To evaluate whether utilization of apical suspension procedures at the time of vaginal hysterectomy for pelvic organ prolapse varies with surgeon specialty.
This was a retrospective cohort study using data from the American College of Surgeons National Surgical Quality Improvement Program database from 2014 to 2016. International Classification of Diseases, Ninth Revision, Clinical Modification with a diagnosis of pelvic organ prolapse who underwent vaginal hysterectomy with any combination of pelvic reconstructive procedures. Propensity score matching using available preoperative clinical data was used to ameliorate selection bias by specialty at a ratio of 1 female pelvic reconstructive surgeon (FPMRS) surgeon to 2 obstetrician-gynecologists (OBG). Descriptive statistics were reported as means with standard deviations. Pairwise analysis using Student t test and Fisher exact test was performed where appropriate.
After propensity score matching, there were 901 cases performed by FPMRS and 1802 performed by OBG. The overall utilization rate of apical suspension in the matched cohort was 81.7% for FPMRS and 19.8% for OBG (P < 0.001). Obstetrician-gynecologists were more likely to perform vaginal hysterectomy without apical suspension compared with FPMRS (44.3% vs 5.8%; P < 0.001) and were also more likely to perform nonapical vaginal repair without also performing an apical suspension, (17.7% vs 9.3%, P < 0.001), compared to urogynecologists. On multivariable logistic regression, having surgery performed by FPMRS was the only significant variable associated with an increased likelihood of undergoing apical suspension (adjusted odds ratio, 5.34; 95% confidence interval, 4.48–6.36).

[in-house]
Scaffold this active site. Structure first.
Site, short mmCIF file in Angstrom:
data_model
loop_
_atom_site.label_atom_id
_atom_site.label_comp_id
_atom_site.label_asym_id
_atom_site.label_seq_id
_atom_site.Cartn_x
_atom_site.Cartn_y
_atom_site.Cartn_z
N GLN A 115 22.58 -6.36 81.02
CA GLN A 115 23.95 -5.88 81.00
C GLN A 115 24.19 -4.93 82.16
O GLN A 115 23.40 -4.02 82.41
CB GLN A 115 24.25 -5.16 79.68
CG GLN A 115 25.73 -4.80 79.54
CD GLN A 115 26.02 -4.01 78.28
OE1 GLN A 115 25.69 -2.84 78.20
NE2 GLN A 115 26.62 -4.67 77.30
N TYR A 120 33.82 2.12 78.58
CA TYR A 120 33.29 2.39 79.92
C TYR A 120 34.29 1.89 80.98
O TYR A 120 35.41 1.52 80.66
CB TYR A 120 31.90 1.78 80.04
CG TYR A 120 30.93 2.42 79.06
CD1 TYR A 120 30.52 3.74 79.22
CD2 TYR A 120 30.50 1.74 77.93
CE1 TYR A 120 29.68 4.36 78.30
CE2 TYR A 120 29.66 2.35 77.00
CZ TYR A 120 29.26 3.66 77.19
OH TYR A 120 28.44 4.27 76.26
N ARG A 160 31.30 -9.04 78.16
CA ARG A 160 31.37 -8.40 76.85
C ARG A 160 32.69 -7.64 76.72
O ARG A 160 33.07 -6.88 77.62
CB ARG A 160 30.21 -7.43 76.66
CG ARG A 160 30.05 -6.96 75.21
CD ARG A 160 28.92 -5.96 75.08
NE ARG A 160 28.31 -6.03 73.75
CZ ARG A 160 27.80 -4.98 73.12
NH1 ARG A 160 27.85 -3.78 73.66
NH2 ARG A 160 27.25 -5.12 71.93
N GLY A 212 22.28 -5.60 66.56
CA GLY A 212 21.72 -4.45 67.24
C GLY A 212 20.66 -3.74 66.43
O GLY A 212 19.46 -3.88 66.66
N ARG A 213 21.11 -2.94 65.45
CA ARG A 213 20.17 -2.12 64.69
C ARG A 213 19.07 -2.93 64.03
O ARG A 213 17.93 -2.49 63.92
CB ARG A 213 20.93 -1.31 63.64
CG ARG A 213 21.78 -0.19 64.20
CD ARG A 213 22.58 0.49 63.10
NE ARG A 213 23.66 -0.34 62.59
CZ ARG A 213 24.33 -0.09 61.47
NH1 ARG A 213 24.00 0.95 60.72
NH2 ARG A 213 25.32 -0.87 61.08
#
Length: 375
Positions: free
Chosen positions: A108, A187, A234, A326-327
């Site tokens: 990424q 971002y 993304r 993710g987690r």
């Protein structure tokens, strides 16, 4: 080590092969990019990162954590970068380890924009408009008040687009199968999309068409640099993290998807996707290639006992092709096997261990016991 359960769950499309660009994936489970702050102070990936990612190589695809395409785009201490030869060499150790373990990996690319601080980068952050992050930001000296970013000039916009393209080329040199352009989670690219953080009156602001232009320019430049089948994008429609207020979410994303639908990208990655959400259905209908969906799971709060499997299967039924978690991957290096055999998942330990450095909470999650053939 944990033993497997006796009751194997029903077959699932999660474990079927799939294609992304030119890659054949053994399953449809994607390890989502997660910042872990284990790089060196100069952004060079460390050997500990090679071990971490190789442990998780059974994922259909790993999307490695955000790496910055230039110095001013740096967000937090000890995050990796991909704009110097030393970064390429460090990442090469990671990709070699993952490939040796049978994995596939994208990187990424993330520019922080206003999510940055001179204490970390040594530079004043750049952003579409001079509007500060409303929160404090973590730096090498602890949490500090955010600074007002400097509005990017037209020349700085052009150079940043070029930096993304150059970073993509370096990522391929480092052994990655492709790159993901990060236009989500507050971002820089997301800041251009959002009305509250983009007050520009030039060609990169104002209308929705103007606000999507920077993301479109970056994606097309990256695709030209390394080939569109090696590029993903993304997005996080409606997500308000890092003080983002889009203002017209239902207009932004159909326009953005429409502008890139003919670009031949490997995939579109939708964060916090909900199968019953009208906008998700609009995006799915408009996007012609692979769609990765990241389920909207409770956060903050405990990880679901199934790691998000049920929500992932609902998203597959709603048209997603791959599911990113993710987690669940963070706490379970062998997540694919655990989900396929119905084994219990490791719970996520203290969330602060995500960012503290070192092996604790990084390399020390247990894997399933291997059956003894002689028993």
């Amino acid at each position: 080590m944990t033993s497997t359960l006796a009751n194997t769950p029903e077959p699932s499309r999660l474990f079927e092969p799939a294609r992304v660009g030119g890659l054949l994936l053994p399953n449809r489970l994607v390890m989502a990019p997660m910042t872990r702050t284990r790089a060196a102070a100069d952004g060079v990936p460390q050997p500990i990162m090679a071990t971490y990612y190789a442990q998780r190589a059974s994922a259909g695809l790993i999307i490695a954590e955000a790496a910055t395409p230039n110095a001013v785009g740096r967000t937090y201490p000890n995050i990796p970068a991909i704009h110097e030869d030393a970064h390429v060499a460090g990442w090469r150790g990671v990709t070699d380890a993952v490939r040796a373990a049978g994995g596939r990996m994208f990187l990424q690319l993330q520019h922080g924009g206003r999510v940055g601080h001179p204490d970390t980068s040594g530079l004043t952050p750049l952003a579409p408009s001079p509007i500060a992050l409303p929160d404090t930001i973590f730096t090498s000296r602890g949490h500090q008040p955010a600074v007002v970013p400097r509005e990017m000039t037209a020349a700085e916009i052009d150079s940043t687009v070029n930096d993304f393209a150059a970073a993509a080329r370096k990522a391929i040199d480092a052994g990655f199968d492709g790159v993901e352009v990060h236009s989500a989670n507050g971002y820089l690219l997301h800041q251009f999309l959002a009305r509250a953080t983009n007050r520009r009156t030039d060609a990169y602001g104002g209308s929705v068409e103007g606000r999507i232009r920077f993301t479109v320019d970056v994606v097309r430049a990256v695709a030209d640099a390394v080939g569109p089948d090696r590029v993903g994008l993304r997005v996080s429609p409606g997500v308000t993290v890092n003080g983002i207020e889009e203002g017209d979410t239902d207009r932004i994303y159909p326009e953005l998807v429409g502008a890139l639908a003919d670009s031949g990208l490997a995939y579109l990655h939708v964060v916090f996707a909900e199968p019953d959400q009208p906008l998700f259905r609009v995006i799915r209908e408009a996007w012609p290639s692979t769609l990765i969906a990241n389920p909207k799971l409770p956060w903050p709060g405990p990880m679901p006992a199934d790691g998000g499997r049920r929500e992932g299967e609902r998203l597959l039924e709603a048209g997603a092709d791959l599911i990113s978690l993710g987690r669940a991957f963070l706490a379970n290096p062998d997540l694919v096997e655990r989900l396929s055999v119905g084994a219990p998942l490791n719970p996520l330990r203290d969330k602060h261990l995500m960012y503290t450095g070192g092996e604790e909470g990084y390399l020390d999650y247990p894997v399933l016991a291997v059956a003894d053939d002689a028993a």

The FPMRS physicians are more likely to perform apical suspension with vaginal hysterectomy for prolapse repair compared with OBG.
From the *Division of Female PelvicMedicine andReconstructive Surgery, Department of Urology, University Hospitals Cleveland Medical Center, Cleveland, OH; and
†Division of Female Pelvic Medicine and Reconstructive Surgery, Department of Obstetrics and Gynecology, MetroHealth Medical Center, Cleveland, OH.
The authors have declared they have no conflicts of interest.
Correspondence: David Sheyn, MD, University Hospitals Cleveland Medical Center, 11000 Euclid Ave, Cleveland, OH 44106. E-mail: email@example.com.